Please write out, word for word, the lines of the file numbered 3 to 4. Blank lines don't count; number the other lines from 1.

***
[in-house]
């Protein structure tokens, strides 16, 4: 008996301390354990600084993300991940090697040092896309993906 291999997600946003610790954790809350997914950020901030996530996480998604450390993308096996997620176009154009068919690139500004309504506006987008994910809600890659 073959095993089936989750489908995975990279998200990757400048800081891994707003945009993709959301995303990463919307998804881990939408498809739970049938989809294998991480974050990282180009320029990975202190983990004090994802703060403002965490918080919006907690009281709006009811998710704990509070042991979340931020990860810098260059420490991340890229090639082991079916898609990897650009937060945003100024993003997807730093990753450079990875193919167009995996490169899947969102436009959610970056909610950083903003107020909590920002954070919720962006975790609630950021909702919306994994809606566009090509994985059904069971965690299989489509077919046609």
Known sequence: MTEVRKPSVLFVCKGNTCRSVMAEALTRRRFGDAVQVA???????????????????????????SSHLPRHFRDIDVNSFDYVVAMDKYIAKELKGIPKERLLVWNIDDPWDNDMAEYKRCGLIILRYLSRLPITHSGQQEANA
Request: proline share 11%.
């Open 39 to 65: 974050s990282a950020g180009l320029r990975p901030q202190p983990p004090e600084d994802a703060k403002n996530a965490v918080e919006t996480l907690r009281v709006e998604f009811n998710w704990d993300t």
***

Known sequence: MTEVRKPSVLFVCKGNTCRSVMAEALTRRRFGDAVQVA???????????????????????????SSHLPRHFRDIDVNSFDYVVAMDKYIAKELKGIPKERLLVWNIDDPWDNDMAEYKRCGLIILRYLSRLPITHSGQQEANA
Request: proline share 11%.